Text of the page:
A detailed psychiatric interview with the examinee or examinees will be conducted. Topics would include psychosocial history, family history, medical history, psychiatric history, and psychiatric review of systems (comprehensive exam of mood, psychotic, anxiety, trauma-related and other symptoms utilizing the DSM-5) and a mental status exam.

If necessary, I will identify and interview collateral informants.

After thoroughly reviewing the data, I will formulate a provisional opinion. Often, I will discuss the findings with the retaining party. If requested, I will proceed with the report.

The report will include all the elements of the interview, usually with a summary of the records and collateral interviews. I will discuss the DSM-5 basis for the diagnoses. I will also discuss why the examinee did not meet criteria for other relevant diagnoses.

I will then explain my opinion and answer any specific questions. Usually, the nexus between the opinion and the psychiatric aspects will be detailed.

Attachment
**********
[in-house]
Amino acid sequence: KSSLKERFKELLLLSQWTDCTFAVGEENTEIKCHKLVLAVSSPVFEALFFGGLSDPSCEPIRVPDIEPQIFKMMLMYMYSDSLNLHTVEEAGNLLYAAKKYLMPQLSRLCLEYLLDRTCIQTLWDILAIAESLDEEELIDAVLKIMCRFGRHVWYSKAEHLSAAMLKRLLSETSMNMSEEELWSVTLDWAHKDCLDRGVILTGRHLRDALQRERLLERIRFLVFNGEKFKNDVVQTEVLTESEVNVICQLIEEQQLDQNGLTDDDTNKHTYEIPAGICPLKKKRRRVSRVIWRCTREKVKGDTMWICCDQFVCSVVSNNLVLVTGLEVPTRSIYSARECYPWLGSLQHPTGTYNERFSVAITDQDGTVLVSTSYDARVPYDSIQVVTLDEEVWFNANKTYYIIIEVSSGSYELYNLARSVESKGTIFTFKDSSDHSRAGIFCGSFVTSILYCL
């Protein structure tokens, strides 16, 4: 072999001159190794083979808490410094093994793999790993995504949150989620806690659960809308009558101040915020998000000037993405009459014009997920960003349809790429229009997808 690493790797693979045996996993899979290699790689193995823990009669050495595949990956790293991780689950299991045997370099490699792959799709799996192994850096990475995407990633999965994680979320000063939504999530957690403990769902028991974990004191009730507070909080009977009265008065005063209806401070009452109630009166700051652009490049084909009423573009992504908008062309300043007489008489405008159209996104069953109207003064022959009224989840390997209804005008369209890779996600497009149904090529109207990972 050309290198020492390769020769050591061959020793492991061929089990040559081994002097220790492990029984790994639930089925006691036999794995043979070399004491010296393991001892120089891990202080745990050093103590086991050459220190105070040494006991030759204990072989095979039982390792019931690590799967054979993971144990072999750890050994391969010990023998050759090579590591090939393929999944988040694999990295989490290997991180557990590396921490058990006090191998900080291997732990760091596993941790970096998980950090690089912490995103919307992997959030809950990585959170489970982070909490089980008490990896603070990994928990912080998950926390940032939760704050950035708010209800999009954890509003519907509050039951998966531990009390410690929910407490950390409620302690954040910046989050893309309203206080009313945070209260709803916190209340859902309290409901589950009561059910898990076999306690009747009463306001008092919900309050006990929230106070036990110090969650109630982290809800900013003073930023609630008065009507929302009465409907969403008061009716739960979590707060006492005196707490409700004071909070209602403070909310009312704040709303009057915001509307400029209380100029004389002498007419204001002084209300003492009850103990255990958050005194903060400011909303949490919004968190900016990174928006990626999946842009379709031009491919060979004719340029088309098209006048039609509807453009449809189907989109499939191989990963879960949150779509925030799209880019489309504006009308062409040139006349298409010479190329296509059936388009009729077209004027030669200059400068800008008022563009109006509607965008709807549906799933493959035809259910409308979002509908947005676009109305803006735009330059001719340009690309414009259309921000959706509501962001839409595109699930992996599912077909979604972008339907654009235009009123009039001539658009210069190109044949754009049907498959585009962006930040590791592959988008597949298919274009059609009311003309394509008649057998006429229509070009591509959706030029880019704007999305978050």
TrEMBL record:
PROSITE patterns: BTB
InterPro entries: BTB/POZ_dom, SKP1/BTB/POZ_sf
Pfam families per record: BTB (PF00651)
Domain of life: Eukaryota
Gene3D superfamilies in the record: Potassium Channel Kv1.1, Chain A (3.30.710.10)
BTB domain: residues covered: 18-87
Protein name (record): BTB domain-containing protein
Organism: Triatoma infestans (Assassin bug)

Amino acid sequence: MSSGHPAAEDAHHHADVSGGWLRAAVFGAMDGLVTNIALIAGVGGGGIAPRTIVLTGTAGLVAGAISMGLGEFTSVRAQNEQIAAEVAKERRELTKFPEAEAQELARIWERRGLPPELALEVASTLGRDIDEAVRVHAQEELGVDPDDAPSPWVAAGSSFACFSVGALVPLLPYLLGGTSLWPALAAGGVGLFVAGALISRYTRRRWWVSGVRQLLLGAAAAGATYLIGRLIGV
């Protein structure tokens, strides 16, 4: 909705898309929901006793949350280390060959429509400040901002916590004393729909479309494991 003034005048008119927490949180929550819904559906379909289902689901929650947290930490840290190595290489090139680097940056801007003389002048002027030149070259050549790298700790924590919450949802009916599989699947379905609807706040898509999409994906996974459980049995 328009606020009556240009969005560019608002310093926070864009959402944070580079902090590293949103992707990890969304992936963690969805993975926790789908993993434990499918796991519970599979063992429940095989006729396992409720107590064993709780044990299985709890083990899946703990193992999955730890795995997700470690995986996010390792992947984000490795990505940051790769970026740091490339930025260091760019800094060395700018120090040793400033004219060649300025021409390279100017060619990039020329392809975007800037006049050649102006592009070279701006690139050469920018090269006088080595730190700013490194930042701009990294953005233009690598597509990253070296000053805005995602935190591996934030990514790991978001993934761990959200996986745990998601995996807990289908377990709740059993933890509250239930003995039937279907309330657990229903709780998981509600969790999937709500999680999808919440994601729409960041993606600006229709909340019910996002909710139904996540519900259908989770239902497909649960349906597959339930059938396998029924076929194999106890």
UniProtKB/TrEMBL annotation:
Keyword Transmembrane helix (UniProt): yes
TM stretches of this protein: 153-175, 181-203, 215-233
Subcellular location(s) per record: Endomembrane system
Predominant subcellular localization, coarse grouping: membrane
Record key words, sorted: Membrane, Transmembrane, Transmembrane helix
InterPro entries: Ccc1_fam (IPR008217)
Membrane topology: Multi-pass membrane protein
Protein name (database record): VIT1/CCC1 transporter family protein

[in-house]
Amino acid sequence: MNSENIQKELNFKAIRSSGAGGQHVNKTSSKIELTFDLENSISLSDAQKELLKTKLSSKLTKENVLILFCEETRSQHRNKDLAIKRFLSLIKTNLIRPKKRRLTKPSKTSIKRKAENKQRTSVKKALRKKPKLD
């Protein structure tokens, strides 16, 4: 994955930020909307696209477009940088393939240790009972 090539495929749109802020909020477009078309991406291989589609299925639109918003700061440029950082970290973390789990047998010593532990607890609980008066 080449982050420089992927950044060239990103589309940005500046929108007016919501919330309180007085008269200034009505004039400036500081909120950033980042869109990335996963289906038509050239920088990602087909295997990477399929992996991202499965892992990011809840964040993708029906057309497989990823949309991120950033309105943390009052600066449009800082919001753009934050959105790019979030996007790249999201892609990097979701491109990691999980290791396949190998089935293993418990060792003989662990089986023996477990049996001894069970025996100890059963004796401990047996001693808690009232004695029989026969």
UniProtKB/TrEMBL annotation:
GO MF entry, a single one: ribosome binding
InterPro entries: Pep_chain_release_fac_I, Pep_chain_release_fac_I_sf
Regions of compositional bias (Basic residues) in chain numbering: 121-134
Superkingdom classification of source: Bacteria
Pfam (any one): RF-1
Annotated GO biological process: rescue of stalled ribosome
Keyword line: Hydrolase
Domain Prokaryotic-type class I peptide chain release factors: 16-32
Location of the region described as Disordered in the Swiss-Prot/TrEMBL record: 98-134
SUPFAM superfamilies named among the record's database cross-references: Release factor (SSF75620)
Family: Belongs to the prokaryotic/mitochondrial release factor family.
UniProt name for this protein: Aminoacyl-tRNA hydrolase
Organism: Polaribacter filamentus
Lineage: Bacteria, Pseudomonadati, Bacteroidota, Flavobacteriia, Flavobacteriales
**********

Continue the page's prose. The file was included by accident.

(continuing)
As much as I enjoy testifying or being deposed, generally many attorneys would like to quickly resolve a case for their clients. I have found a well-written report will often eliminate the need for a lengthy trial.

Why Retain a Board-Certified Forensic Psychiatrist to Conduct an IME

A forensic psychiatrist has specific training and experience in conducting medicolegal evaluations.* Board certification in Forensic Psychiatry requires the completion of a year of fellowship and passing a rigorous examination about medicolegal questions.

A board-certified forensic psychiatrist is likely a board-certified general psychiatrist with clinical experience and practice. It would be advisable to retain an independent medical examiner who is actively involved in clinical practice. For example, the psychiatrist may have a private patient practice, work in a hospital or other clinical setting, and/or volunteer as a treating provider.

A clinical practice will ensure the examiner has a better understanding of matters like medical standard of care, maximal medical improvement, and other nuances.

On occasion, a Board-Certified Forensic Psychiatrist will have other board certifications, such as Brain Injury Medicine ** or Sleep Medicine.

Board certification and an active clinical practice form the basis to overcome any challenges during a voire-dire that the disclosed expert is not adequately qualified to render expert testimony.